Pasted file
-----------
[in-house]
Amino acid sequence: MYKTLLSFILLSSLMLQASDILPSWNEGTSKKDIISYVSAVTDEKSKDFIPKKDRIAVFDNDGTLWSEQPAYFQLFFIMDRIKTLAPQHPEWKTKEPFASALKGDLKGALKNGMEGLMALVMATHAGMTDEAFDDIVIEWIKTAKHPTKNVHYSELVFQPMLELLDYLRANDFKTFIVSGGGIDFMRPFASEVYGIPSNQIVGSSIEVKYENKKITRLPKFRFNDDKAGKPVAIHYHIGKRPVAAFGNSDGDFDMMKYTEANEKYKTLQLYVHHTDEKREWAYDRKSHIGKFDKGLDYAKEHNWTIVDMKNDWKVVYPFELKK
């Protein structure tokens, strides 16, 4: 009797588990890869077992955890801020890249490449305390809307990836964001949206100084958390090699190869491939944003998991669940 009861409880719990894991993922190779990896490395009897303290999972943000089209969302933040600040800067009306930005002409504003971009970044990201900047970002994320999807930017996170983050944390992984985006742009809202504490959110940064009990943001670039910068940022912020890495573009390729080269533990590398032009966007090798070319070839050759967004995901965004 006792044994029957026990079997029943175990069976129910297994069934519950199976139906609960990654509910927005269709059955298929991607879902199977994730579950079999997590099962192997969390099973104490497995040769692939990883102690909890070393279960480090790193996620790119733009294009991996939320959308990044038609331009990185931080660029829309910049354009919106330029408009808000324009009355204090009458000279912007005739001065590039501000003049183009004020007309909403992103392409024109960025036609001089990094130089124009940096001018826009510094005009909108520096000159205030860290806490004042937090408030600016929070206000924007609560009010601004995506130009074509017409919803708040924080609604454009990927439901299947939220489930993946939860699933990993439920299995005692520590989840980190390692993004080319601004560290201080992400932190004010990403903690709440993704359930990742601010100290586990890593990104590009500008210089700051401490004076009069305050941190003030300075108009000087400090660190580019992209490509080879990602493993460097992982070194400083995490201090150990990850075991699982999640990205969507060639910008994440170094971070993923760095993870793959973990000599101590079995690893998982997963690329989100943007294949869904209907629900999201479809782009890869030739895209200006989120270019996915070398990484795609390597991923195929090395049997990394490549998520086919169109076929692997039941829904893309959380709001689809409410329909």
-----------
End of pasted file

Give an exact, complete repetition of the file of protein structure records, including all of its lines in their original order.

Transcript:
[in-house]
Amino acid sequence: MYKTLLSFILLSSLMLQASDILPSWNEGTSKKDIISYVSAVTDEKSKDFIPKKDRIAVFDNDGTLWSEQPAYFQLFFIMDRIKTLAPQHPEWKTKEPFASALKGDLKGALKNGMEGLMALVMATHAGMTDEAFDDIVIEWIKTAKHPTKNVHYSELVFQPMLELLDYLRANDFKTFIVSGGGIDFMRPFASEVYGIPSNQIVGSSIEVKYENKKITRLPKFRFNDDKAGKPVAIHYHIGKRPVAAFGNSDGDFDMMKYTEANEKYKTLQLYVHHTDEKREWAYDRKSHIGKFDKGLDYAKEHNWTIVDMKNDWKVVYPFELKK
């Protein structure tokens, strides 16, 4: 009797588990890869077992955890801020890249490449305390809307990836964001949206100084958390090699190869491939944003998991669940 009861409880719990894991993922190779990896490395009897303290999972943000089209969302933040600040800067009306930005002409504003971009970044990201900047970002994320999807930017996170983050944390992984985006742009809202504490959110940064009990943001670039910068940022912020890495573009390729080269533990590398032009966007090798070319070839050759967004995901965004 006792044994029957026990079997029943175990069976129910297994069934519950199976139906609960990654509910927005269709059955298929991607879902199977994730579950079999997590099962192997969390099973104490497995040769692939990883102690909890070393279960480090790193996620790119733009294009991996939320959308990044038609331009990185931080660029829309910049354009919106330029408009808000324009009355204090009458000279912007005739001065590039501000003049183009004020007309909403992103392409024109960025036609001089990094130089124009940096001018826009510094005009909108520096000159205030860290806490004042937090408030600016929070206000924007609560009010601004995506130009074509017409919803708040924080609604454009990927439901299947939220489930993946939860699933990993439920299995005692520590989840980190390692993004080319601004560290201080992400932190004010990403903690709440993704359930990742601010100290586990890593990104590009500008210089700051401490004076009069305050941190003030300075108009000087400090660190580019992209490509080879990602493993460097992982070194400083995490201090150990990850075991699982999640990205969507060639910008994440170094971070993923760095993870793959973990000599101590079995690893998982997963690329989100943007294949869904209907629900999201479809782009890869030739895209200006989120270019996915070398990484795609390597991923195929090395049997990394490549998520086919169109076929692997039941829904893309959380709001689809409410329909």